The Innermost Regions of Relativistic Jets and Their Magnetic Fields. Granada (Spain). June 10th-14th, 2013.

Nakamura, Masanori

Greenland Telescope (GLT) Project --- A Direct Confirmation of Black Hole with Sub-millimeter VLBI


Author list: J. C. Algaba, K. Asada, B. Chen, M.-T. Chen, J. Han, P. H. P. Ho, S.-N. Hsieh, T. Huang, M. Inoue, P. Koch, C.-Y. Kuo, P. Martin-Cocher, S. Matsushita, Z. Meyer-Zhao, H. Nishioka, G. Nystrom, N. Pradel, P. Raffin, H.-Y. Shen (ASIAA), and the Greenland Telescope Project Team (CfA, MIT Haystack Observatory, and NRAO)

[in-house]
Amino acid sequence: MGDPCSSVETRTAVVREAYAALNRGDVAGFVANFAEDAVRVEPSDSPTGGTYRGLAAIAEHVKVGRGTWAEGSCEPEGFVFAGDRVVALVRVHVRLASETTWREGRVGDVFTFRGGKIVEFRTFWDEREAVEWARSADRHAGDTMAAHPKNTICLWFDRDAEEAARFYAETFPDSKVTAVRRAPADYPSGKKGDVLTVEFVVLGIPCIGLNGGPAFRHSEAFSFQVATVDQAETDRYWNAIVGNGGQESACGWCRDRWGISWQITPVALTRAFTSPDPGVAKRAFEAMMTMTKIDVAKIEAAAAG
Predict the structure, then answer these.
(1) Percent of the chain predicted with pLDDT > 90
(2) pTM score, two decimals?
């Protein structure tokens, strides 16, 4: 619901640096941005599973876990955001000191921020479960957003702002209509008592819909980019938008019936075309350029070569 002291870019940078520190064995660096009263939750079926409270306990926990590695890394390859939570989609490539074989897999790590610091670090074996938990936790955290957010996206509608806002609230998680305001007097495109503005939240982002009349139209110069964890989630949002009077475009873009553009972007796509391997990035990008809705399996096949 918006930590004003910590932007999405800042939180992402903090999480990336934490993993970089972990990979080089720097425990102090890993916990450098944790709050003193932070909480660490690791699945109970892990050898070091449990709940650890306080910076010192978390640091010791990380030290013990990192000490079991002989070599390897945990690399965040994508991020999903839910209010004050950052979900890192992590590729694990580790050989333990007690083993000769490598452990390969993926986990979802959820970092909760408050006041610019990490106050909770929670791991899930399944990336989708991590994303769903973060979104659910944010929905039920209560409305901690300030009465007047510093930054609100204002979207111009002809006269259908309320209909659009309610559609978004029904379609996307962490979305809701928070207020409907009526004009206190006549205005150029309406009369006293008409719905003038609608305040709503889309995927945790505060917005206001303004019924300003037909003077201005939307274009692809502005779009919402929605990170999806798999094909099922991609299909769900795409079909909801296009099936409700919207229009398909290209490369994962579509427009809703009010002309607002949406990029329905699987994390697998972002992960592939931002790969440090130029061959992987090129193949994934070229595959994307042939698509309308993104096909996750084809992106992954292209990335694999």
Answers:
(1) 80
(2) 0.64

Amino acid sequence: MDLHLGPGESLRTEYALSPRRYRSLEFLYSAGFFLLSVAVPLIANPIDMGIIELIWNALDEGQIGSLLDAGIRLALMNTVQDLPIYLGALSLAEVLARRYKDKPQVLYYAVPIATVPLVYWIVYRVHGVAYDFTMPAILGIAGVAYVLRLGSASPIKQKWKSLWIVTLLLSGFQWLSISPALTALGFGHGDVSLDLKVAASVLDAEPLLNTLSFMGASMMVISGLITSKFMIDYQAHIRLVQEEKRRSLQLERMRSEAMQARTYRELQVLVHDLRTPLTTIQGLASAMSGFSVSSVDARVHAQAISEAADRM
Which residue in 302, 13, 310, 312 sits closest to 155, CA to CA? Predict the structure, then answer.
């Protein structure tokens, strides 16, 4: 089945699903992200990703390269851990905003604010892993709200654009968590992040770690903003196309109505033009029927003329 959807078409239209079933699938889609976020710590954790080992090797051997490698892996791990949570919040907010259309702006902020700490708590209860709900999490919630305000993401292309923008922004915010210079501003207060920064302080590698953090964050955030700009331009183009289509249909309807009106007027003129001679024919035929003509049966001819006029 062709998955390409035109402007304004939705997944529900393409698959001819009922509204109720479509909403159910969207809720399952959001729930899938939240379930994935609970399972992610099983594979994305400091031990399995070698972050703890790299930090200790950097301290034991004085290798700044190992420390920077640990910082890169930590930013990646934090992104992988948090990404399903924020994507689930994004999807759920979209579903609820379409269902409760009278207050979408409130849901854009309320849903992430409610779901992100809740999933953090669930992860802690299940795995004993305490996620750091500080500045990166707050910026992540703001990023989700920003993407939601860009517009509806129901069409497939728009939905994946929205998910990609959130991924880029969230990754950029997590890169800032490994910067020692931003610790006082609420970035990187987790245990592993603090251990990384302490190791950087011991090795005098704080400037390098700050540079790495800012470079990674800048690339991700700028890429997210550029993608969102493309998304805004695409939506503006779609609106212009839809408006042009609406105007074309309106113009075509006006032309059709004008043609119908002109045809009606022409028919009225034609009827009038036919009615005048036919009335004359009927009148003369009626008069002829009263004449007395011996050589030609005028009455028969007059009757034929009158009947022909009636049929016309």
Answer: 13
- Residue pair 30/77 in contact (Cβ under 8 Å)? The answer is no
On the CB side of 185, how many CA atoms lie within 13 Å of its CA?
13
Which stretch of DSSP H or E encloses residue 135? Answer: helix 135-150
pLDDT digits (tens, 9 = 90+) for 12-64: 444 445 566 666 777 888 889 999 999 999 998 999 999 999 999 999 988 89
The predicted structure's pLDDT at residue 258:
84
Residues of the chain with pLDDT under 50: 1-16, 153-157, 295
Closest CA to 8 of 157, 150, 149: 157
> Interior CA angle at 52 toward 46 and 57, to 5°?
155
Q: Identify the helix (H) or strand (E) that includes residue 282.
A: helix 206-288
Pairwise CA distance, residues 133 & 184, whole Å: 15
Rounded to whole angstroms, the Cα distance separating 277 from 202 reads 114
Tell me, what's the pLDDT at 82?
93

Direct observation of black holes has not yet been achieved. If we are able to do so, we will access for the first time matter and electromagnetic fields under the extremely strong gravity, which could test Einstein’s theory of general relativity. The GLT project is deploying a new sub-millimeter (sub-mm) VLBI station in Greenland. Our primary scientific goal is to image a shadow of the supermassive black hole (SMBH) of six billion solar mases in M87 at the center of the Virgo cluster of galaxies. The expected SMBH shadow size of 40-50 μas requires superbly high angular resolution, suggesting that the sub-mm VLBI would be the only way to obtain the shadow image. The Summit station in Greenland enables us to establish baselines longer than 8,000 km with ALMA in Chile and SMA in Hawaii as well as providing a unique u-v coverage for imaging M87. Our VLBI network will achieve a superior angular resolution of about 20 μas at 350 GHz, corresponding to ~ 2.5 Rs of the SMBH in M87. We have been monitoring the atmospheric opacity at 230 GHz since Aug. 2011; we have confirmed the value on site during the winter season is comparable to the ALMA site thanks to high altitude of 3,200 m and low temperature of -50°. We will report current status and future plan of the GLT project towards our expected first light on 2015 - 2016.